How to run OPC UA PubSub on real-time Linux and TSN using open62541
This quick start guide serves as a starting point for a user to learn and evaluate OPC UA PubSub and TSN technologies for embedding into their products. This guide needs an x86 system with an Intel i210 Ethernet controller (as this controller supports features necessary for Time-Sensitive Networking) and leverages:
- Standard Debian 10 operating system and the real-time Linux kernel included in its package manager.
Note: In most cases, this kernel would already provide you the best possible hard-real-time deterministic performance. To further improve, you may have to tune the configuration and recompile the kernel on your own.
- A later version of iproute2 package (with support for newer real-time socket options and an IEEE 802.1 Qbv like scheduler)
- A later version of LinuxPTP package (with support for IEEE 802.1 AS gPTP configuration)
- Open-source OPC UA stack open62541 – an open-source C (C99) implementation of OPC UA licensed under the Mozilla Public License v2.0 available in GitHub (with support for PubSub feature as specified in part 14 of OPC UA Specification)
We recommend at least two Intel x86-based systems with 4-cores and Intel i210 Ethernet Controllers. We used Intel Apollo Lake, Intel Whiskey Lake, and Intel core-i5 architectures during our tests.
We selected Debian 10, as it is one of the more popular distributions. It also has a pre-compiled real-time kernel that can be installed using the Debian package manager. You can download the Debian GNU/Linux 10.7 distribution from here – Debian-10.7.0-amd64-xfce-CD-1. As it is not practically possible to provide a variant of the quick start guide for the many Linux distributions out there, we recommend that you use Debian for your initial tests and then switch to your chosen distribution. This is particularly important as our work focuses on high performance.
To set up the test architecture in this quick start guide, you would require two nodes with at least two Ethernet interfaces in each of the nodes, with one of them being an Intel i210 Ethernet controller. You need to connect one of the two Ethernet interfaces to your office network to download and install the required packages for this setup over the internet. The second interface (Intel i210) can be connected in a peer-to-peer fashion with the other node or via a TSN switch, as shown below. In case you are using a TSN switch between the two nodes, make sure you open all the gates in the TSN switch for your initial tests. It should be noted that we have used peer-to-peer networking for most of our tests.
Environment setupIn this section, we will set up the environment:
- Install real-time Linux kernel
- Configure network interface
- Configure TSN parameters
Install real-time Linux kernel:
apt-get update && apt-get upgrade
apt-get install linux-image-rt-amd64 -y
The appearance of the “rt” keyword in the print message that appears as part of the command output shows that we have booted into the right kernel:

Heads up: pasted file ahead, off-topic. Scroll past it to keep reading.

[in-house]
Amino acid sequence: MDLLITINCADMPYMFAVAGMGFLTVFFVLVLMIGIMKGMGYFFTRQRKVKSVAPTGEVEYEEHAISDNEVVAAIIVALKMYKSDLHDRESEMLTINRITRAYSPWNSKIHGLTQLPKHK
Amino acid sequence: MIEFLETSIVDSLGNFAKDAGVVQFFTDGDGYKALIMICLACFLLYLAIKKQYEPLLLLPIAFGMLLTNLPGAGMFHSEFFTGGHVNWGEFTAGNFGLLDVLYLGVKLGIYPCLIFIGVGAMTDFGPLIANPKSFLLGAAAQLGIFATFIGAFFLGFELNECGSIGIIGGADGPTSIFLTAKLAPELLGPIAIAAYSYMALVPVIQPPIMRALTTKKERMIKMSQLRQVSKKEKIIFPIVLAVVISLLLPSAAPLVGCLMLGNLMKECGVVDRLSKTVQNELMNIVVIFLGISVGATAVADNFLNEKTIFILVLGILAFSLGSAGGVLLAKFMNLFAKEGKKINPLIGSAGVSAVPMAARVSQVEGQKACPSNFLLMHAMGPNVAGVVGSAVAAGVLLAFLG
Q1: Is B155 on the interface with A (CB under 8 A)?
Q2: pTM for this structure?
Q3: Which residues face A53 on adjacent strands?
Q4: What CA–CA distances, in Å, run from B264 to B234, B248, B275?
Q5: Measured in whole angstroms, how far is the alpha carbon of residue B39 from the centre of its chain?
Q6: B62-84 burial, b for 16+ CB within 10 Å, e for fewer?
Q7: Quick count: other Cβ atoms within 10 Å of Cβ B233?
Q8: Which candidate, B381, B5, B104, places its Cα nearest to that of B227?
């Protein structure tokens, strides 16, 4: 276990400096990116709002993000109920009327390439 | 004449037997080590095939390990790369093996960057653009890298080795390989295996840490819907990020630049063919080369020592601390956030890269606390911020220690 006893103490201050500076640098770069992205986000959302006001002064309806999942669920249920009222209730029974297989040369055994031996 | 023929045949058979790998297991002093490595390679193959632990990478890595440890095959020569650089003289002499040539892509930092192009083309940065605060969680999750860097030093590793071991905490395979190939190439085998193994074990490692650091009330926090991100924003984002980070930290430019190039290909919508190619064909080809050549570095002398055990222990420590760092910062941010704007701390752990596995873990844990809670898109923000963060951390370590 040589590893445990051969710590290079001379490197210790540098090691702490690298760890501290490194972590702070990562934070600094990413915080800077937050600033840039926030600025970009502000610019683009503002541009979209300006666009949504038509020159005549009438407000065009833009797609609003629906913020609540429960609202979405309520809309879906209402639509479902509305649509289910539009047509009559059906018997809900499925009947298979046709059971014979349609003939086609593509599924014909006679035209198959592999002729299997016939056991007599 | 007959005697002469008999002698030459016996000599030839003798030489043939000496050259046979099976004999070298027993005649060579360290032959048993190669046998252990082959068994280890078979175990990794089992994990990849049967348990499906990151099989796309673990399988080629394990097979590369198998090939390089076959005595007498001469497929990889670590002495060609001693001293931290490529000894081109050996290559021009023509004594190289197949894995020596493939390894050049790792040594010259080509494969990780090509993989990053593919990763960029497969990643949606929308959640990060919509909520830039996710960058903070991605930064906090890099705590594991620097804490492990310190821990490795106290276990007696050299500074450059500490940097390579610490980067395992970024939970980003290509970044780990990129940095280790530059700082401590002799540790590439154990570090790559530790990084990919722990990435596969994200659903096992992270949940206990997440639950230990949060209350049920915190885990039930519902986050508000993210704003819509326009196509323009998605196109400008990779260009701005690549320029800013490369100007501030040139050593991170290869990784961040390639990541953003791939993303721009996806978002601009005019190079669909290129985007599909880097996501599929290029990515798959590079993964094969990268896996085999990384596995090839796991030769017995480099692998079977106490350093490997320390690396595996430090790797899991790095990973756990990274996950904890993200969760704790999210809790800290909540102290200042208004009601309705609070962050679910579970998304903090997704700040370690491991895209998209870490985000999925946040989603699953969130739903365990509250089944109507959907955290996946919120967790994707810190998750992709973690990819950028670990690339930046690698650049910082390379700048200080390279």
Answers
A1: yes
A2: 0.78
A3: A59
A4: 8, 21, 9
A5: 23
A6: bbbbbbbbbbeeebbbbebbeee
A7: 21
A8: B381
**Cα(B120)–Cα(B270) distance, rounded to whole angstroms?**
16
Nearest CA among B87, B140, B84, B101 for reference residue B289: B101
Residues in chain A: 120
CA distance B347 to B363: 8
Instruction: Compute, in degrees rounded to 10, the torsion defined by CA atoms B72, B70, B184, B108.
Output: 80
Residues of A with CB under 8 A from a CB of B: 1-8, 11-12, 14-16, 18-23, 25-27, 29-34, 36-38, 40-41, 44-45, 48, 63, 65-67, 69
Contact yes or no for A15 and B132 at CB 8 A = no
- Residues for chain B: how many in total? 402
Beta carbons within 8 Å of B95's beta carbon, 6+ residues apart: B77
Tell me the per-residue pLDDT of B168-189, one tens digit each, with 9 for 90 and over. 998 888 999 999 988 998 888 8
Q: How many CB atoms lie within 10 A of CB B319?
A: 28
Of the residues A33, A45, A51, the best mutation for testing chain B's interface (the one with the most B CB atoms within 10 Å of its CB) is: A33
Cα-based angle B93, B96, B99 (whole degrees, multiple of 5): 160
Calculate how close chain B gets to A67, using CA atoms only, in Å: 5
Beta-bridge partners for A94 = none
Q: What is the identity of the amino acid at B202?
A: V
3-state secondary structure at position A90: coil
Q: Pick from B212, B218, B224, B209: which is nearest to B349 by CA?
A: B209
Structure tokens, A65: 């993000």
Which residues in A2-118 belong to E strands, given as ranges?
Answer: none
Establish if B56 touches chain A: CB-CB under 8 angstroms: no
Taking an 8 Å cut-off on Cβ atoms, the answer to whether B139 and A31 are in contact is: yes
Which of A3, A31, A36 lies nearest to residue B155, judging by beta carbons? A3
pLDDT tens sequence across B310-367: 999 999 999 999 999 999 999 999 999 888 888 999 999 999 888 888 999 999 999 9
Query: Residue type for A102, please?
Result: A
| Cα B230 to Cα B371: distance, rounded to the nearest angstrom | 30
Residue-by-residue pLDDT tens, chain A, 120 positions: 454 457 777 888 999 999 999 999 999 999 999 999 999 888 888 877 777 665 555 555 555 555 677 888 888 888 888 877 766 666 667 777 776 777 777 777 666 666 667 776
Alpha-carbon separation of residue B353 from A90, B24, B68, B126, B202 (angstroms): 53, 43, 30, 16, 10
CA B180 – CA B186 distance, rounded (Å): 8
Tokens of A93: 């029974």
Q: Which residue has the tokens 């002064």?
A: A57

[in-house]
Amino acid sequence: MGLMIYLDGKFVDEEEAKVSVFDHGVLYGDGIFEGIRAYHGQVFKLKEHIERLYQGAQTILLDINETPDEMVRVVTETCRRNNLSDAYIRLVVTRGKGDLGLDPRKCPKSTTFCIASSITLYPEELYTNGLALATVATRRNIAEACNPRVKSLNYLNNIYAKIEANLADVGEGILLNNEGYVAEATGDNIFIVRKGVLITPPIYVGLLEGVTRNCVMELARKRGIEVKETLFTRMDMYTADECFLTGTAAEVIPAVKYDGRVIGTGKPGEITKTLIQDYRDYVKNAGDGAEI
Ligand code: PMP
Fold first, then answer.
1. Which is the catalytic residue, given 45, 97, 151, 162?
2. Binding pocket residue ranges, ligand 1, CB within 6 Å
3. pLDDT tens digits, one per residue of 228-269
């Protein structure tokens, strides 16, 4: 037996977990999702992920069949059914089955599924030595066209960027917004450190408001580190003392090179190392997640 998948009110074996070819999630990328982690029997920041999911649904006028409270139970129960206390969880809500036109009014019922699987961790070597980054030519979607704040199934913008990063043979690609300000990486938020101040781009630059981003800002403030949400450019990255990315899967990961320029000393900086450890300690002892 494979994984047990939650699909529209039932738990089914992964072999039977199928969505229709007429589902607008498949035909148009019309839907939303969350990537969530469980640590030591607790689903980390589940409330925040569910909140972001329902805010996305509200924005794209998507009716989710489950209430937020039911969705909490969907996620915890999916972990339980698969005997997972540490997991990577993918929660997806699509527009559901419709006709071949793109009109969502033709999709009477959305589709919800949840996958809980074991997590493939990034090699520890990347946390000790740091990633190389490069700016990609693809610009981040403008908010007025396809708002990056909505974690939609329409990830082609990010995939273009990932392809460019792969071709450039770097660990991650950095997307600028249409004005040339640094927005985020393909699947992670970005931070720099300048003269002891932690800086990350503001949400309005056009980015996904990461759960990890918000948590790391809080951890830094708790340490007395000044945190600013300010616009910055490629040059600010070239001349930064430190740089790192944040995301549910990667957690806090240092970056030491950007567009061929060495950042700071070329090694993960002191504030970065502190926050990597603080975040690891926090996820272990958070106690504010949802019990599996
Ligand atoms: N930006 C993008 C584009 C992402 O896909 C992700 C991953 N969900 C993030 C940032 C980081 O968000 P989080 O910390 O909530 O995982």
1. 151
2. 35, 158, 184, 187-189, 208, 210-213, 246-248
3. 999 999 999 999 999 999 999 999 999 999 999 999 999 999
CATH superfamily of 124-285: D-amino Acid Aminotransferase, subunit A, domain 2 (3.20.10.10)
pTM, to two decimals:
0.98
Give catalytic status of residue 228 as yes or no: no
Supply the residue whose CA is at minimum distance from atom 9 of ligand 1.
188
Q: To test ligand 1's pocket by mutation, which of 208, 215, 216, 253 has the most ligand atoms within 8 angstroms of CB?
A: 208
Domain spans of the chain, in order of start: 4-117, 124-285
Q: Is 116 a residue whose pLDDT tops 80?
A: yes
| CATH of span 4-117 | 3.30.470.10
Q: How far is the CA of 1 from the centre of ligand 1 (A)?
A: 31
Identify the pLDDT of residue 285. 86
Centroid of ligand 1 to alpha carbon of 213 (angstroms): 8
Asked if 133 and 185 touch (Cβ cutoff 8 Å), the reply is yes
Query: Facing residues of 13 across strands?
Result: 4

Configure network interface:
In this section, we will set up static IP address and VLAN configuration to the i210 interface. After reboot, log in as the root user and open the interfaces file using the below command:
iface enp2s0 inet static
iface enp2s0.8 inet static
In our setup, the interface name is enp2s0; replace it with your nodes’ i210 interface name. Below is the screenshot of the interfaces files of the two nodes:
Configure TSN parameters:
In this section, we will run the necessary scripts (setup.sh and application_dependencies.sh) to configure the TSN parameters.
The setup.sh available in the package does the following,
- Updates the installed packages in the node
- Installs iproute2 package for kernel version 4.19
- Installs Linux PTP version 2.0
- Checks if 8021q module is loaded; if not, adds the same
If you are interested in knowing more about each command, read the comments included in the script for additional information. setup.sh
The application_dependencies.sh available in the package does the following,
- Configures traffic control parameters to transmit and receive
- Sets Egress and Ingress policies
- Tunes real-time behaviors
- Runs Linux PTP and PHC2SYS
If you are interested in knowing more about each command, read the comments included in the script for additional information. application_dependencies.sh
tar -xvf demo_package.tar && cd demo_package
After successfully executing the setup.sh script, run the application_dependencies.sh available in the demo_package folder. As shown in the architecture diagram, configure one of the nodes as PTP master and the other node as PTP slave.
./application_dependencies.sh -i <IFACE> -m
./application_dependencies.sh -i <IFACE> -s
tail -f /var/log/ptp4l.log
If you have configured your node as a PTP master, your output log should be similar to the below image. The text “assuming the grand master role” ensures that you have configured the node as PTP master. Once you have seen the output, press Ctrl + C to return to the console.